by Brittany McSorley
Will I ever stop writing about Facebook? Probably, but it will be far in the future, when we’ve all been released from its clingy grasp and are free to focus on other concerns, like keeping up with the 37th season of The Bachelorette, or the fact that the planet is on its death bed and everyone in charge is like, “Okay, but I have a very large boat, and any issue threatening that simply cannot be a priority.”
Today’s topic is when people say, “Facebook is over, you guys. It’s a dying platform. Nobody even uses it anymore. These days, the youth can barely tear their eyes away from Snapchat for long enough to do whippets.”
Wow. Whippets? That is not a contemporary reference, Brittany. Get it together. The point is, every few months or so, you’ll hear about how Facebook is allegedly struggling in terms of reach, popularity, helping foreign governments swing elections so an illiterate human garbage fire can ruin all our lives, etc.
On a more personal note, you probably see the occasional Facebook friend post a long-winded status about how they’re “taking a break” from the platform due to reasons nobody cares about, only to come crawling back like three days later because they took a selfie that they just know will make their ex regret everything that went down. Can people stop doing that? If you’re leaving Facebook, it’s okay to just go. There’s no need for a farewell address. Also, Todd is not going to come back just because you took advantage of the flattering lighting in the bathroom at The Cheesecake Factory. We all look incredible in there.
Anyway, people are fond of saying that Facebook is on its way out. However, like the guy I dated between 2011 and 2012 whom I’m now convinced was Satan himself inhabiting the body of a mediocre-looking-at-best dude constantly ordering a side of ranch dressing, these people are liars. (Listen, I was young. Was he a walking red flag? Yes. But he was also tall, and that can be very confusing for me.)
In reality, Facebook remains the strongest channel in terms of reaching your market, building customer trust, and finding out that guy blocked you after you broke up with him even though he was the one who—You know what? It doesn’t matter. I am at peace. Let’s move on.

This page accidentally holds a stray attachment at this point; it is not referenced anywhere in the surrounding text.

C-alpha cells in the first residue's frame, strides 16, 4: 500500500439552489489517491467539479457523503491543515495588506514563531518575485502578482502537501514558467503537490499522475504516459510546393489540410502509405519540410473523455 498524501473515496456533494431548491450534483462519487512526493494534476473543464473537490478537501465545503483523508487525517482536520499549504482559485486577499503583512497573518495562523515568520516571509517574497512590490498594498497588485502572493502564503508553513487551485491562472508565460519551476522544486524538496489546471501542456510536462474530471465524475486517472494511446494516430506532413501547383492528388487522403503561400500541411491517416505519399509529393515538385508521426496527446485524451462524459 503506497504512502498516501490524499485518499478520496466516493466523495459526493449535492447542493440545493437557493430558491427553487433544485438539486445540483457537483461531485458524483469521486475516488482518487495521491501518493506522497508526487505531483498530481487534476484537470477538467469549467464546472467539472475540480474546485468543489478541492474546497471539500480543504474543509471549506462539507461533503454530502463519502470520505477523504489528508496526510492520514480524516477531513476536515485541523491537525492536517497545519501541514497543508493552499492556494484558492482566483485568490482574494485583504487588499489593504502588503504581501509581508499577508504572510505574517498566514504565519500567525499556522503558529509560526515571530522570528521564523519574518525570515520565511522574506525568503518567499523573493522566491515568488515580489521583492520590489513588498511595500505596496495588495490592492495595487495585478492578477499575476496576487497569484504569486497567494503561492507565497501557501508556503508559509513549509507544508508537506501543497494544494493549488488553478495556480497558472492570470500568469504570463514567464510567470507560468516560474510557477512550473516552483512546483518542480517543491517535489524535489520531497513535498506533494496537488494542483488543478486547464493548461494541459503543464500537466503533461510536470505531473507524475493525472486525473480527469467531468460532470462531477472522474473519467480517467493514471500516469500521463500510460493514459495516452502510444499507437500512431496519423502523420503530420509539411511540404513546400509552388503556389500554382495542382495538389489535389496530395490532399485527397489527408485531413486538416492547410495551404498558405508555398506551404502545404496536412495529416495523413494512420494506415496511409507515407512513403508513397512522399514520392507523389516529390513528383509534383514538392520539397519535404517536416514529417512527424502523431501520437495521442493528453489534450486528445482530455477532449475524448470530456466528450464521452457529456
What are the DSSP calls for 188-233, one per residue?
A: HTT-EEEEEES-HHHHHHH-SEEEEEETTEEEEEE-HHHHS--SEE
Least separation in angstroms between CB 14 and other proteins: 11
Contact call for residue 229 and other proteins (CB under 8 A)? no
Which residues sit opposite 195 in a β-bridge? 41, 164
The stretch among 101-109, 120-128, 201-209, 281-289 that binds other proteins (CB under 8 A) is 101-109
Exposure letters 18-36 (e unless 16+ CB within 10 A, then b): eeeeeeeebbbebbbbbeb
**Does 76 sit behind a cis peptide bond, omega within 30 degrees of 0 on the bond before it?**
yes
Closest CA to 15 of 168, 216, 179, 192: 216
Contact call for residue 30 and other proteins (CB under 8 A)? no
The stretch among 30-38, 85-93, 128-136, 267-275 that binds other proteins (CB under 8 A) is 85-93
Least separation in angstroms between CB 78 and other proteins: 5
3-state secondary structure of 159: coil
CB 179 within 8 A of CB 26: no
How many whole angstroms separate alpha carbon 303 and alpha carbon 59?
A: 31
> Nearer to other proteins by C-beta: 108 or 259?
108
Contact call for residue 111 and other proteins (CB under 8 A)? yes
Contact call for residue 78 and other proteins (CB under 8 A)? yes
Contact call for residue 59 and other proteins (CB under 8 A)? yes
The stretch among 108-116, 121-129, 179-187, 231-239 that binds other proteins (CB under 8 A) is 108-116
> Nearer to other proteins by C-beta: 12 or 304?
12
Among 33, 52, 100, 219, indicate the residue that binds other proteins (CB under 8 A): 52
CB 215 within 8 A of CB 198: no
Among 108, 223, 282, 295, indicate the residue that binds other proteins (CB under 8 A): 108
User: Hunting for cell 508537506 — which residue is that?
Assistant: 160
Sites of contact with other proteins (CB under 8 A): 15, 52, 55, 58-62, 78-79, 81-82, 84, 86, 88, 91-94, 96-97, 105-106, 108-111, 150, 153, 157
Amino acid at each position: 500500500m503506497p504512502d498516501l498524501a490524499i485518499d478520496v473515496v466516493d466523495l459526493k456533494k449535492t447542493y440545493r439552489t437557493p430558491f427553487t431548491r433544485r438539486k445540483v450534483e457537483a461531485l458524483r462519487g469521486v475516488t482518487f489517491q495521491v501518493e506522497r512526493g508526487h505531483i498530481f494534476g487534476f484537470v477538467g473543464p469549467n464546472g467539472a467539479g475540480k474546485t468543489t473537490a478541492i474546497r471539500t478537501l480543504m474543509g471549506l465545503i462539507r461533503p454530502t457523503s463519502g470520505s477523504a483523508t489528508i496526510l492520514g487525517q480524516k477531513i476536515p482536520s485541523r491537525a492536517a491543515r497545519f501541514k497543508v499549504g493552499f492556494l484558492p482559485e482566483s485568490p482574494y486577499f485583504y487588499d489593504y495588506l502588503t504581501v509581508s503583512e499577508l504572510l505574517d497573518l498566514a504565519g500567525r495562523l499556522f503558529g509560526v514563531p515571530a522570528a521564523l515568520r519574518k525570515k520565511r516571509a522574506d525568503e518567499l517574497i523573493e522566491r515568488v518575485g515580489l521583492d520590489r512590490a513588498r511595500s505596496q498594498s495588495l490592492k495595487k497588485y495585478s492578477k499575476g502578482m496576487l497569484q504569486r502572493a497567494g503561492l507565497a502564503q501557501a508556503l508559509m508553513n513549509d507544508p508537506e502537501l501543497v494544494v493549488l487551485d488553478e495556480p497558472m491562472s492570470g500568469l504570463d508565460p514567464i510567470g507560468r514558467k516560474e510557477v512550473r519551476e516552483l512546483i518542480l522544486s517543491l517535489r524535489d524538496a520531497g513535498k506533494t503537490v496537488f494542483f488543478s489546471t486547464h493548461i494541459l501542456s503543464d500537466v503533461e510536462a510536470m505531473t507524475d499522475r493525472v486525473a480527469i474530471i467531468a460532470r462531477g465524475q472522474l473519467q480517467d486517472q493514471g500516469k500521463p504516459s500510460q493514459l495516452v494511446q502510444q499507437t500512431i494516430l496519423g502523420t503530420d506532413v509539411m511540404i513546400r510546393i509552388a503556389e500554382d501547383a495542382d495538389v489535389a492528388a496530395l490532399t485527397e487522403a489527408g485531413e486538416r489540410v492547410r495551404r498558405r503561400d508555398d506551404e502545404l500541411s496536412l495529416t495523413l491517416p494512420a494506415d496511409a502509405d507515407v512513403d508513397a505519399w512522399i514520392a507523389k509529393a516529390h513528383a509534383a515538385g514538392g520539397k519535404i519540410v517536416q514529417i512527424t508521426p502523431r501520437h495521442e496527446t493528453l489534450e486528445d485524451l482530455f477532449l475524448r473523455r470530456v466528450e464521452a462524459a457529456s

Facebook is, in fact, alive and well. According to Hootsuite, though YouTube recently replaced Facebook as the most-visited website globally, this is largely due to the popularity of Facebook’s mobile app, which diminishes website visits. This popularity goes for the platform’s Messenger app as well, which is in no danger of losing users. I mean, have you seen those face filters? You can be a mouse who wears glasses! Truly, this is the bright future the Industrial Revolution promised. Also, an insane 68% of Americans use Facebook, so when it comes to reaching a broad audience, this platform is still definitely the go-to. (Just for the sake of depressing comparison, less than 60% of eligible voters went to the polls in the 2016 election. But like I said, a mouse with glasses! Everything’s fine!)
Another popular opinion is that Facebook is really only useful for marking to an older crowd. However, 35% of Facebook’s marketing audience is under 25 years old, so there’s still plenty of opportunity to market your products and services to the young people. (Again, whippets?)
In conclusion, people from college you never got around to unfriending can take thoughtful social media hiatuses all they want. With more than two billion monthly active users and around a billion and a half daily active users, Facebook is definitely still doing something right, so keep up your marketing strategies. They’ll be back.
By the way, numbers from Facebook’s 2018 fourth quarter are due to be released on January 30th, when it’s possible I will be proven extraordinarily wrong. I’ll keep you posted.